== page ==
Scars From Honey Creek

Reader Contribution by Robert Pekel
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Mish-qua-woc, the native name for Honey Creek, flows 75 miles through the rolling hills of southern Wisconsin, eventually emptying into the Lake Michigan Basin. Honey Creek was so named for the many bee trees lining the banks. The bee trees no longer exist, nor do the native Potawatomi Indians.

I grew up hundred yards south of Honey Creek in the 1950’s. Cousin Tom lived about a mile farther south. From sunup to sundown, we spent every waking moment spearing carp, trapping turtles, or fishing for what ever would bite. Riding a river on a raft, kayak, or canoe is the ultimate high. Flowing with the current has the power to immerse the spirit with the majestic pulse of Mother Earth. It is a peaceful and free sensation that I wish all youth could experience before being saddled with the burdens of the white man’s world.


Tom and I were defenseless to the seductive lure of Honey Creek, which led to trouble more than once. One morning, Mom had gone somewhere and I had orders to stay home. That same day, Tom rode up on his bike and said, “Let’s go to the creek.” Without a second thought we were on our way. I figured Mom would never know.

We were spearing carp, walking upstream, and taking our shots when carp tried to get past us. A lagoon near Blanks Bridge usually produced a few carp, so we detoured into the marshy chasm to try our luck. All of a sudden, Tom stopped and said, “I am standing on a turtle.” Now, a turtle was a pretty big prize, so we wanted it. Spears wouldn’t penetrate the tough turtle shell, so Tom stood on top of the turtle while we debated how to secure our treasure. Tom seemed willing to stand on the turtle in the murky water all day. After about 20 minutes I finally said, “Tom, we need to do something.” He said “What?” Fortunately, I had an idea. Unfortunately, it wasn’t a very good one. “Tom,” I said, “I figure he’s heading toward the main flow of the creek, so I think his tail is on this end and my guess is he isn’t a snapper or he would have bit you by now. So I’m going for the tail.”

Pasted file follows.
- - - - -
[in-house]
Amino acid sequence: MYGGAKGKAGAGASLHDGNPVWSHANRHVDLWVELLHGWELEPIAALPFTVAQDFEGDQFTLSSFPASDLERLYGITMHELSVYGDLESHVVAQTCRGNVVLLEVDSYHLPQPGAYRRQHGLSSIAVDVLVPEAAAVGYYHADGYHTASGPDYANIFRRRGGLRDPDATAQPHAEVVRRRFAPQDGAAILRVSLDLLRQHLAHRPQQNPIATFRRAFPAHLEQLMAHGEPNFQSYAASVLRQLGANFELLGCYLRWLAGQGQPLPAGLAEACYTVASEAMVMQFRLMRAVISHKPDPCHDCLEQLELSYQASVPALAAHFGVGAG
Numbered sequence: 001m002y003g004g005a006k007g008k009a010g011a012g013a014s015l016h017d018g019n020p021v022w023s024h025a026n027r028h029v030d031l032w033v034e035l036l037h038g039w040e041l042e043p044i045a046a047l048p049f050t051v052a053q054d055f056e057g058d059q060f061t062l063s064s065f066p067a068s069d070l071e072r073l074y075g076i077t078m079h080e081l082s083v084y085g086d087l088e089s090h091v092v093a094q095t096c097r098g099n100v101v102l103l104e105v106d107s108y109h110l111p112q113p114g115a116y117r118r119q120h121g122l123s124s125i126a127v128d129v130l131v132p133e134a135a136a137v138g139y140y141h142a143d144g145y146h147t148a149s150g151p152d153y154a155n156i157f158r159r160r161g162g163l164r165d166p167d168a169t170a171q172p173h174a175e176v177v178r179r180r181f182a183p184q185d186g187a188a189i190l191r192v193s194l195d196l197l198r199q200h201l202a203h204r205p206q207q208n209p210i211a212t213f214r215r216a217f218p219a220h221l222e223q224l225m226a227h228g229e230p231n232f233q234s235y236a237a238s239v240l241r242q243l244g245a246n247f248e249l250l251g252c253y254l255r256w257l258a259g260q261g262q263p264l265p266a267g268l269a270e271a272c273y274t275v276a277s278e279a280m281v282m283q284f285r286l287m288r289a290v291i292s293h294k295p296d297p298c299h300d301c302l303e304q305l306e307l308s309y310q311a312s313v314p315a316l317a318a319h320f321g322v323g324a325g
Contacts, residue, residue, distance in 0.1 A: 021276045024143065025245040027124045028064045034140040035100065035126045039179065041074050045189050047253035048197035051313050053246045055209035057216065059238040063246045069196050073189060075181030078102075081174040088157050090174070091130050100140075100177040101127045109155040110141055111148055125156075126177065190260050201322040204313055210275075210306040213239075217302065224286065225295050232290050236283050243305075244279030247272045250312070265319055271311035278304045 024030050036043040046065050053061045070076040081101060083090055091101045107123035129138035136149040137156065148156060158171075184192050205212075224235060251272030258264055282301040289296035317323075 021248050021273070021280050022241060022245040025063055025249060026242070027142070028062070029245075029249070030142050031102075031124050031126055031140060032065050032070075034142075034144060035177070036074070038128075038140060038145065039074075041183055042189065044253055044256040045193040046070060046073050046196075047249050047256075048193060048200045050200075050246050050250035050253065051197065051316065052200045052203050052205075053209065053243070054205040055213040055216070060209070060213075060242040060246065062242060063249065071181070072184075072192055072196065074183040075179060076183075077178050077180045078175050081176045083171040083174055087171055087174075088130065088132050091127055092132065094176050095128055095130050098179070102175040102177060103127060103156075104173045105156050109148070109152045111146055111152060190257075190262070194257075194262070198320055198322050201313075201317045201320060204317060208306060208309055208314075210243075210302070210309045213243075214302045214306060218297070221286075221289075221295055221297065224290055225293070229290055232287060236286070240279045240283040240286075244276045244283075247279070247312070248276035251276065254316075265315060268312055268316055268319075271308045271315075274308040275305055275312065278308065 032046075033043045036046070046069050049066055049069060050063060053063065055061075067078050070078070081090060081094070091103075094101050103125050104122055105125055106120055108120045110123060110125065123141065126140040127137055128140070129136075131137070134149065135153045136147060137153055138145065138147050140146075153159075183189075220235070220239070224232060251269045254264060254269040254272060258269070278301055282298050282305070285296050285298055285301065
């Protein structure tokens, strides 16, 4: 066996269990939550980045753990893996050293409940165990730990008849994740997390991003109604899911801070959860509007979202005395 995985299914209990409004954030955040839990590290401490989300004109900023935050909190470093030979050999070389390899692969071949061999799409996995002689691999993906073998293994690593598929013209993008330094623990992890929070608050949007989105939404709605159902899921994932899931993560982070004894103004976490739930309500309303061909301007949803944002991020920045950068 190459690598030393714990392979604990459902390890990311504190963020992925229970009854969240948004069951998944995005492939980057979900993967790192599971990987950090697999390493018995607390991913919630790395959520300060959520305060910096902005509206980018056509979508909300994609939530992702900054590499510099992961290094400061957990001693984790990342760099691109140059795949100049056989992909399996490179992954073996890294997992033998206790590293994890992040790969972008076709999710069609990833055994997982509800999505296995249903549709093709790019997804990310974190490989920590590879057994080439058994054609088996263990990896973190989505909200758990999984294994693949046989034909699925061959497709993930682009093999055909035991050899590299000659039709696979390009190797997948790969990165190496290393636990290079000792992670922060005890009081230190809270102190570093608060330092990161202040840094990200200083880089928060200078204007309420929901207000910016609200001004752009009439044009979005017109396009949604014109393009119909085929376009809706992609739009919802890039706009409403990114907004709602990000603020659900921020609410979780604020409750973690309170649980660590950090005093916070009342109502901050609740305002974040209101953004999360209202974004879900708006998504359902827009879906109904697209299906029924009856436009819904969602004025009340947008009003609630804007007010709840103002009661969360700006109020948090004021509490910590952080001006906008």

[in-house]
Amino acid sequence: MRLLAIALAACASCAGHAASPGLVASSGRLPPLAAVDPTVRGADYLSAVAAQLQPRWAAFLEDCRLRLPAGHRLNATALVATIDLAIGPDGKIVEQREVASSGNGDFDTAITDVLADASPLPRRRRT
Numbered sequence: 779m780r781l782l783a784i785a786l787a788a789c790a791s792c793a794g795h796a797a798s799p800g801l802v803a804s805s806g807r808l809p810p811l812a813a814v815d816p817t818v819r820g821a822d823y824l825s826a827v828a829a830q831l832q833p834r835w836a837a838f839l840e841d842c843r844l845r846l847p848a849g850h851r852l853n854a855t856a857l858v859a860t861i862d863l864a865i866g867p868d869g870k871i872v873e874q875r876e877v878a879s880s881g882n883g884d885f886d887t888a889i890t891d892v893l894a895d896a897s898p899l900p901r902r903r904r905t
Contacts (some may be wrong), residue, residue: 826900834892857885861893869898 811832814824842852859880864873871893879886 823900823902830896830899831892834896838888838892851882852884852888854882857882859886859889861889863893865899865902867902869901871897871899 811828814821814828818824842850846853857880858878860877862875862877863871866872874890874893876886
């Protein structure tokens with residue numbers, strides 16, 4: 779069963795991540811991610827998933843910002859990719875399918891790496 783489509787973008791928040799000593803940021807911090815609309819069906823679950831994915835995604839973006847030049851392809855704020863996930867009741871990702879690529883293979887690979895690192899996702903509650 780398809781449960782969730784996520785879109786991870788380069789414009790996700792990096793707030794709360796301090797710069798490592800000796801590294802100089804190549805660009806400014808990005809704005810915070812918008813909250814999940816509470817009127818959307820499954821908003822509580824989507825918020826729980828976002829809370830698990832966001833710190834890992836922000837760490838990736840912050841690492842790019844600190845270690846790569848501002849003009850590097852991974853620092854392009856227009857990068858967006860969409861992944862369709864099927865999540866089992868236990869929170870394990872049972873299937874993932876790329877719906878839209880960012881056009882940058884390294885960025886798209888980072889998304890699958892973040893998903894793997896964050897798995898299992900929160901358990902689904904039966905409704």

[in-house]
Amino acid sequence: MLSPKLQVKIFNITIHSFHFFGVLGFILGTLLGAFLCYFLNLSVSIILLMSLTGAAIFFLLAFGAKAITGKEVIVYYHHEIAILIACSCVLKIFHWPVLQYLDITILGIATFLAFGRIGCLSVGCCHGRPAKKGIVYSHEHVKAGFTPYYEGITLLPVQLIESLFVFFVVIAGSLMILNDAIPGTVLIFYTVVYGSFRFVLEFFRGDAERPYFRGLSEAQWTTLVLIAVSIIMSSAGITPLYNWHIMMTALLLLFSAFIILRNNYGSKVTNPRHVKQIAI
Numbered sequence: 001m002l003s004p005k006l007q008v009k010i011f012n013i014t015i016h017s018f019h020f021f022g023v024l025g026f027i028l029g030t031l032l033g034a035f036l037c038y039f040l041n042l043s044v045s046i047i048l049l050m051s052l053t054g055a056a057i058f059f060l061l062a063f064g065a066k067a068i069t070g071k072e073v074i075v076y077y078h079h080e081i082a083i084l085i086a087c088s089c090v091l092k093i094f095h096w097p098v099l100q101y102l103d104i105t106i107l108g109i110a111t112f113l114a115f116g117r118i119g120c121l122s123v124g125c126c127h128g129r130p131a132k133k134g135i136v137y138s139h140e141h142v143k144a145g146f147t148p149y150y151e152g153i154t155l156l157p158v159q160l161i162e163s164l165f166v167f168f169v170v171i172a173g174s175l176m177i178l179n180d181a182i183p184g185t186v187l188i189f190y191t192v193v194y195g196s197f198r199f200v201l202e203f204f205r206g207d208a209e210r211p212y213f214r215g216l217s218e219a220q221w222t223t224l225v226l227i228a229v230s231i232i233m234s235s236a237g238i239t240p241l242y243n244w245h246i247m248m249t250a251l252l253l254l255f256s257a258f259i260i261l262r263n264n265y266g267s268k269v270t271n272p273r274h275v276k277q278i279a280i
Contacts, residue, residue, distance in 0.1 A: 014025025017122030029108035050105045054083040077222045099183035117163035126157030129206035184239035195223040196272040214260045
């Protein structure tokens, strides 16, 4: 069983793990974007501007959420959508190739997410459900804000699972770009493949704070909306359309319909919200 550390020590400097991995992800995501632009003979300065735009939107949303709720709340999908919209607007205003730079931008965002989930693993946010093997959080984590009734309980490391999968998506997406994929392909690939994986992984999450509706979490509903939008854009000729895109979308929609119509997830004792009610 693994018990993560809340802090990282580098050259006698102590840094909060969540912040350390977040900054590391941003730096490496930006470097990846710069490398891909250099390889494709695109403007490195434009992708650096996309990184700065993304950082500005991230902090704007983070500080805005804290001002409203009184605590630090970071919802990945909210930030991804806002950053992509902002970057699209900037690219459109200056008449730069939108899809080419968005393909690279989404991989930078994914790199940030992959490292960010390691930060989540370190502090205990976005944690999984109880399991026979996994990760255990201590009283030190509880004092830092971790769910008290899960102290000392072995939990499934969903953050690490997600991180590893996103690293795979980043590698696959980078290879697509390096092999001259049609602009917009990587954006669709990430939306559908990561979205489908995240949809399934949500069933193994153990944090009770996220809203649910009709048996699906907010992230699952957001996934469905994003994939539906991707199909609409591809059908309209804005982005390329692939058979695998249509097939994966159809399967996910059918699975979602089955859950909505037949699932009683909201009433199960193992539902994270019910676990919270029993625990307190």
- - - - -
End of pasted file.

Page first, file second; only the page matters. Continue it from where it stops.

I was wrong on both accounts. When I grabbed for the tail, vice-like jaws clamped down on my fingers. Ouch. Not good, because a snapper usually never lets go of his prey — me. I yanked my hand up out of the water, getting ready to say goodbye to my two favorite fingers, when unexpectedly the snapper let go, dropped back into the water, and swam away. Problem solved except for two bloody, chewed-up fingers, but bad as my fingers looked the thought of facing Mom looked worse. Anyway, we hightailed it back, and I was washing off the creek mud when Mom showed up. I tried to hide my wounds, but moms in general are pretty sharp; not much gets past them. It didn’t take her long to get the story out of me.

“Why wouldn’t you tell me you were hurt?” Mom asked in a shaky, hurt voice. “Well, I was scared you would be mad that I went down to the creek.” Well, Mom got all teary-eyed and said, ”Don’t ever be afraid to tell me you hurt.” Good Old Mom. I guess that’s why moms around the world are cherished. Dad was a different story.

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